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  1. #1
    Join Date
    Apr 2005
    Location
    New Zealand
    Age
    79
    Posts
    201

    Default Wooden clock movement.

    This one gave both the Hegner scroll saw and myself a good workout.

    This clock has a verge and foliot movement as first made in 1350 and in current use up to 1650 when the pendulum was first applied to a clock mechanisim. They had only the hour hand and were not too accurate in their timekeping....around 20 minutes per day at best. The power from the weight is released through the oscillating movement of the small beam at the top (the foliot) and the movement created released the pins on the verge wheel through the small copper paddles soldered to the vertical brass rod which the foliot is mounted on.
    I am fascinated by the history of the clocks evolution over the last 650 years and the mechanical design aspects of this one and the previous woodem movement I built.

    Rhys

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  3. #2
    Join Date
    Aug 2008
    Location
    Melbourne
    Posts
    33

    Default

    Rhys
    Your clock is beautiful. I like how you've used a contrasting colour for the face. What timber have you used (for the gear wheels especially)? I think it would be very soothing just to be in the same room as your clock.
    Yeebla

  4. #3
    Join Date
    Dec 2004
    Location
    Brisbane
    Posts
    464

    Default

    Hi Rhys,
    Do you have plans. I am itching to get into a clock like that. Excellent work BTW.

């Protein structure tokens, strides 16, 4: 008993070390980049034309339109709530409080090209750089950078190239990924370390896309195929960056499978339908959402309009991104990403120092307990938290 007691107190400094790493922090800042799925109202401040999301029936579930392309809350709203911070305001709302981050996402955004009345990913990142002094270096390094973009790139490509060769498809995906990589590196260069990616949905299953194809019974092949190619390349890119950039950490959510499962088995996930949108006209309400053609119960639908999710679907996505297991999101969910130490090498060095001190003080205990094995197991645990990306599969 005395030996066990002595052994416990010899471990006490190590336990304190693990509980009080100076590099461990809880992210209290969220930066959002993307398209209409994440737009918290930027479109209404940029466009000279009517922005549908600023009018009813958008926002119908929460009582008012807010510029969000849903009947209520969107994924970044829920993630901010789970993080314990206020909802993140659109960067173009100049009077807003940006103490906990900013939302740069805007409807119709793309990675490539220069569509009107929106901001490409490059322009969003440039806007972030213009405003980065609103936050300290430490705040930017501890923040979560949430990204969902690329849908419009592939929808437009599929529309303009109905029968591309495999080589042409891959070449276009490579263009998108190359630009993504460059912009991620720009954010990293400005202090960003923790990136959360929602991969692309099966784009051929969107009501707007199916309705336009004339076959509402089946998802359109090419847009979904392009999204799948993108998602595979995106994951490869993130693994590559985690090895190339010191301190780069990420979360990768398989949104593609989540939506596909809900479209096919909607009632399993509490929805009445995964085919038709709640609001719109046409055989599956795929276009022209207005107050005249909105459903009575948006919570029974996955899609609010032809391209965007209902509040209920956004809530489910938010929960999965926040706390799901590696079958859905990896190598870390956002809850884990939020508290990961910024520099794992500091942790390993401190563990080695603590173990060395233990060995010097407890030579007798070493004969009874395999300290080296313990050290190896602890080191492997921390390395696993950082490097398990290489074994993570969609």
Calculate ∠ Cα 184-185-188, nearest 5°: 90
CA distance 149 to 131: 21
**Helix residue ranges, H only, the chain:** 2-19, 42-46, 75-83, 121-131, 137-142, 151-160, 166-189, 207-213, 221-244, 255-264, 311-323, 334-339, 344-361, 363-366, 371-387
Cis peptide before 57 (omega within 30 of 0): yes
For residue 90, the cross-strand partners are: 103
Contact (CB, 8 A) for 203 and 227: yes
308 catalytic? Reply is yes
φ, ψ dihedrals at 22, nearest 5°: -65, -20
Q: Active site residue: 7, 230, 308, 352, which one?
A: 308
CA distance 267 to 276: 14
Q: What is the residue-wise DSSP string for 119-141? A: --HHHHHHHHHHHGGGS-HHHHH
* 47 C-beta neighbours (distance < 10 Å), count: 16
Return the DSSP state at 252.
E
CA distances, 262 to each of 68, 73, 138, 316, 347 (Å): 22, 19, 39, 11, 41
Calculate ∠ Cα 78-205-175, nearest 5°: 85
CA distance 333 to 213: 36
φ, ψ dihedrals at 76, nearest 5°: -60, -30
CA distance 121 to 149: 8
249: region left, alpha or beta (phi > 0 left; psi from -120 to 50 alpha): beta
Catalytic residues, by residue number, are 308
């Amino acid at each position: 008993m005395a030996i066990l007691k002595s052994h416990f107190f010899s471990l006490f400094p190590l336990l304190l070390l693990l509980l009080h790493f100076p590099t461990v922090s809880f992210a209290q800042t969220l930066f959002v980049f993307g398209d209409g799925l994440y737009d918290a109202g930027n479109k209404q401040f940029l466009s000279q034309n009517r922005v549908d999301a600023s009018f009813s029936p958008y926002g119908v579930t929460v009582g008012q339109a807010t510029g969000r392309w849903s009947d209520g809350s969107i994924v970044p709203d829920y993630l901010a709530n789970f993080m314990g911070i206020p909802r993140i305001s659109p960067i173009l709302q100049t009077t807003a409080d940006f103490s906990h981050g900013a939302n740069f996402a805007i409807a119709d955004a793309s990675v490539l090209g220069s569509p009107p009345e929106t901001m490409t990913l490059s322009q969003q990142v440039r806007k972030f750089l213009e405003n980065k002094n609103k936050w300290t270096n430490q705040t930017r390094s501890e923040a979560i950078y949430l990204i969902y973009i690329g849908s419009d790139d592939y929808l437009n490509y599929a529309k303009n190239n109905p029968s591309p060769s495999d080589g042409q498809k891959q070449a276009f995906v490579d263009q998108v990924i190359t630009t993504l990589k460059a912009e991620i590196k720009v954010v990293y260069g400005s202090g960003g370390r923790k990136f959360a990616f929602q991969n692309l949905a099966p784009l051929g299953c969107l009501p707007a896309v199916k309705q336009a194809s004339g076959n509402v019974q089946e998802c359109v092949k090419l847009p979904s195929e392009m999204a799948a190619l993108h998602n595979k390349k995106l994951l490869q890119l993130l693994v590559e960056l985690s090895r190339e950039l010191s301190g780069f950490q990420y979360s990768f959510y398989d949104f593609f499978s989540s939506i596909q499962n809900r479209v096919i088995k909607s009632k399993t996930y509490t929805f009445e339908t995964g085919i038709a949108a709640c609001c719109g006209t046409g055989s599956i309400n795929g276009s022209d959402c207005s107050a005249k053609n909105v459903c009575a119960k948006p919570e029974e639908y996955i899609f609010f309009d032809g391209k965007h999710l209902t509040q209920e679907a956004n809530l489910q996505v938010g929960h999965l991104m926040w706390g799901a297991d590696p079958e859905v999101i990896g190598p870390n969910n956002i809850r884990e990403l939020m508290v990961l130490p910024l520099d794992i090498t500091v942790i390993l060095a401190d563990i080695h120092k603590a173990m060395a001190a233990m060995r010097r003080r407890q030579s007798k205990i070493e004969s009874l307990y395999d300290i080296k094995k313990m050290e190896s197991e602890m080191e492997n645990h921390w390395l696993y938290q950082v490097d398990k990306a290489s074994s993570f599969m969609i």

cheers

    conwood

  5. #4
    Join Date
    Apr 2005
    Location
    New Zealand
    Age
    79
    Posts
    201

    Smile

    http://www.woodenclocks.co.uk/

    Conwood,
    The above link will take you to a site where you can get free plans, for a verge and foliot movement plus the more conventional style of pendulum clock.

    http://www.thescholarsgarret.com/clock/

    This link will take you to the site where I purchased my plan book from. It was written with the intent of making the clock builder actually figure out things rather than just make the parts off the plan and put them all together. I did have to do some "figuring" before it all came together and I am pleased that I went that way.

    Good luck with your building project.

    Rhys

  6. #5
    Join Date
    Dec 2004
    Location
    Brisbane
    Posts
    464

    Default

    Thank you Rhys.
    cheers

  7. #6
    Join Date
    Apr 2005
    Location
    New Zealand
    Age
    79
    Posts
    201

    Smile

    Yeebla,
    I used a New Zealand wood called Tawa for the gears and the chapter ring (the clock face) with Matai as the red divisions in the ring, and oak for the arbours. The bearings are brass on brass with the exception of the carrying end of the winding arbour which is brass on wood. The body is made from Kauri and the weights are of European Oak with the large one being hollow and the necessary weight being made up with shot gun pellets inside. I have lacquered the chapter ring with Wattyl Stylewood and the remainder was stained with Wattyl pigmented stain over which went a tung oil, followed by a coat of orange shellac and then dark wax.

    Thanks for you comments.

    Rhys

  8. #7
    Join Date
    Oct 2008
    Location
    fff
    Posts
    394

    Default

    Several years ago I made one from a kit, it looked great, and kept
    terrible time and made a lot of noise!

    Yours is BEAUTIFUL!

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